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The Crack Magazine

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Whale Fall by Elizabeth O’Connor

The milieu of Elizabeth O’Connor’s debut novel put me in mind of the one evoked by director Michael Powell in his 1937 film ‘The Edge of the World’. Powell’s film concerned itself with the depopulation of the Scottish archipelago of St Kilda as the younger generation began to leave the island. O’Connor’s novel, meanwhile, is set on a fictional island off the coast of Wales, but it too is a place that is home to a lifestyle in slow decline. It’s 1938 and Manod, a young woman, has just turned eighteen. She lives with her fisherman father Tad, younger sister Llinos, and a dog – her mother having died a few years earlier. Tad wonders if Manod has considered any potential suitors on the island, but Manod has designs on a different life for herself. These designs are brought into sharper focus when an English pair, Rose and Edward, come to stay on the island with the intention of documenting a lifestyle that’s on its way out. O’Connor’s prose is uncluttered, with readers spared any overblown flights of fancy. Nevertheless her words carry real weight as she gives us a sense of the island as it moves through the seasons. She also conjures up a mood of things on the cusp: adulthood, the end of a community, and, given the time it’s set, war. It’s also a period when competing ideologies froth and broil against each other, and O’Connor captures all this, and more, in the subtlest of shades. RM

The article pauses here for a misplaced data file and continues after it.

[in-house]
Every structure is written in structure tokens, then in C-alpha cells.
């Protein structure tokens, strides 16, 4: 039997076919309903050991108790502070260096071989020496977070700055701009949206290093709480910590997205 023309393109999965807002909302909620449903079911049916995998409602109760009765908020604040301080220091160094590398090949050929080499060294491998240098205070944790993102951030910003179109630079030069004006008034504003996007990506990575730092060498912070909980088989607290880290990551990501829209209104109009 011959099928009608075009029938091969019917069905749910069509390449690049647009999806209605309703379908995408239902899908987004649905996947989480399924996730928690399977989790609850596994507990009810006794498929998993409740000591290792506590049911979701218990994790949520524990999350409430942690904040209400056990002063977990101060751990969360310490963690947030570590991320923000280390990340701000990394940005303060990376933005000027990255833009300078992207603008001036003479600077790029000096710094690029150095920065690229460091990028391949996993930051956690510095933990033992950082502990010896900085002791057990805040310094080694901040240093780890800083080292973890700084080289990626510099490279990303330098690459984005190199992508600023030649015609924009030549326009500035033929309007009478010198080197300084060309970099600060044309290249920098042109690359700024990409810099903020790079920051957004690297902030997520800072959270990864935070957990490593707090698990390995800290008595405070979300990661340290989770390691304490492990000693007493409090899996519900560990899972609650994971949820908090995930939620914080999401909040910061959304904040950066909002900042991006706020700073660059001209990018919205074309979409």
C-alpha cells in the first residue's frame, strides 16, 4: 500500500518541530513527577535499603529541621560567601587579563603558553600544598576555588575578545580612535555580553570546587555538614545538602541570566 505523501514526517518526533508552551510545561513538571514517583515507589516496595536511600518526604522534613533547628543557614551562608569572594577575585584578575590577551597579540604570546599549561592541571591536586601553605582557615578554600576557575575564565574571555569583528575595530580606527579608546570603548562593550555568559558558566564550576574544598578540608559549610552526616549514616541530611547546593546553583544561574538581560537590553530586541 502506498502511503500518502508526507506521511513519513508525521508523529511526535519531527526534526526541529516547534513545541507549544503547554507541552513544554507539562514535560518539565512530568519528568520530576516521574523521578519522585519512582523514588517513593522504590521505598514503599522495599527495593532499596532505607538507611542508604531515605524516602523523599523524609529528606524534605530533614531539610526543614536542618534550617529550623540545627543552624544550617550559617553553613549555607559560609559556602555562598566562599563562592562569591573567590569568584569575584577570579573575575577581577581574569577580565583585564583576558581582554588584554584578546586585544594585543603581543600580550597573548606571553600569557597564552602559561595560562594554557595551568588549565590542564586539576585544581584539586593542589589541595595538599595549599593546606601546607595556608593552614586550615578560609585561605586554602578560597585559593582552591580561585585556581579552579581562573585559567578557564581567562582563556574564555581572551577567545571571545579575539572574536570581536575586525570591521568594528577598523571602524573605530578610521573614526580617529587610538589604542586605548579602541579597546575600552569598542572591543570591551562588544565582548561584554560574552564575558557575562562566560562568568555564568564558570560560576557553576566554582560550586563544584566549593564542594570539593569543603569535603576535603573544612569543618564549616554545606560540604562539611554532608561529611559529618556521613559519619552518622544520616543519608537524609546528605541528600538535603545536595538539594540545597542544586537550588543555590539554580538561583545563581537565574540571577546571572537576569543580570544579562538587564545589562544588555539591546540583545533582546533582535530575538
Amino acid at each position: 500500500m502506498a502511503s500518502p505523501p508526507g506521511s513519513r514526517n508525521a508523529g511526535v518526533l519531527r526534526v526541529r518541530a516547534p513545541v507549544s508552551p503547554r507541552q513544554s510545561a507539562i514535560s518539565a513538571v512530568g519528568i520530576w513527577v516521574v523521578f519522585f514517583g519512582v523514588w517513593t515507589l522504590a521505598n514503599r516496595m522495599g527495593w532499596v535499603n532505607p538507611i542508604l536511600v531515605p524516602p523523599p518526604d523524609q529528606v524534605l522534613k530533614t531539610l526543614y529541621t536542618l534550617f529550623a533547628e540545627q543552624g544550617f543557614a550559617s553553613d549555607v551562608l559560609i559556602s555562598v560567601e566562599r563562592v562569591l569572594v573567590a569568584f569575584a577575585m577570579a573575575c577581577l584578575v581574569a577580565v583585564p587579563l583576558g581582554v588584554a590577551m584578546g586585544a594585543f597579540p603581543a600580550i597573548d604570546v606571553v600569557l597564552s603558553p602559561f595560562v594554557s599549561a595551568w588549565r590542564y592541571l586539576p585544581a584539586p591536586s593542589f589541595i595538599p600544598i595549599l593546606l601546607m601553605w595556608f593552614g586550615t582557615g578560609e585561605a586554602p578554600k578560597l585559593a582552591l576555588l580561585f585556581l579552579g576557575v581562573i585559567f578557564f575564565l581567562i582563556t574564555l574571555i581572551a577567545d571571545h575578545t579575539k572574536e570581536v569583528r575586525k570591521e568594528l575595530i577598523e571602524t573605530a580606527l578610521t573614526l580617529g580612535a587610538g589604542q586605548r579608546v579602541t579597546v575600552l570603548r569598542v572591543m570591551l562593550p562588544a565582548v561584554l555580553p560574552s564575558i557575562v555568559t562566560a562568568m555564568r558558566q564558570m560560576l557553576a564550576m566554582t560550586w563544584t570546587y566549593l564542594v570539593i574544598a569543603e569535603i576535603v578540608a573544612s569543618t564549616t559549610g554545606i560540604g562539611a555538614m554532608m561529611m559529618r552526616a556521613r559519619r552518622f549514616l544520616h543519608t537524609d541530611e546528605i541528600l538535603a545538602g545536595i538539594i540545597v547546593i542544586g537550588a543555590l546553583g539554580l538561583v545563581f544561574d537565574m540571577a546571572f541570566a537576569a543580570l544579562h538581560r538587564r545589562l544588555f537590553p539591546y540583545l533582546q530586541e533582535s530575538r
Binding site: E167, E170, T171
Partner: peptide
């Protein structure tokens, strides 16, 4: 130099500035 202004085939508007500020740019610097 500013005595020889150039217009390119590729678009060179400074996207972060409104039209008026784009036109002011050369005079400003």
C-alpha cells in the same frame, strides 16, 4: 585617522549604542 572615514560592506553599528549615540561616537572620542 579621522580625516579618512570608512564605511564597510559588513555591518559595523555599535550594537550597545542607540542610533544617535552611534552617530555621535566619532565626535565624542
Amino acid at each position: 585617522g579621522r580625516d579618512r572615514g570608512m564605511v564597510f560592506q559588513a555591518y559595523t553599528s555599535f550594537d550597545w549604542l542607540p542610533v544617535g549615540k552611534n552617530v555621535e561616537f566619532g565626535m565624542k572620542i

Picador

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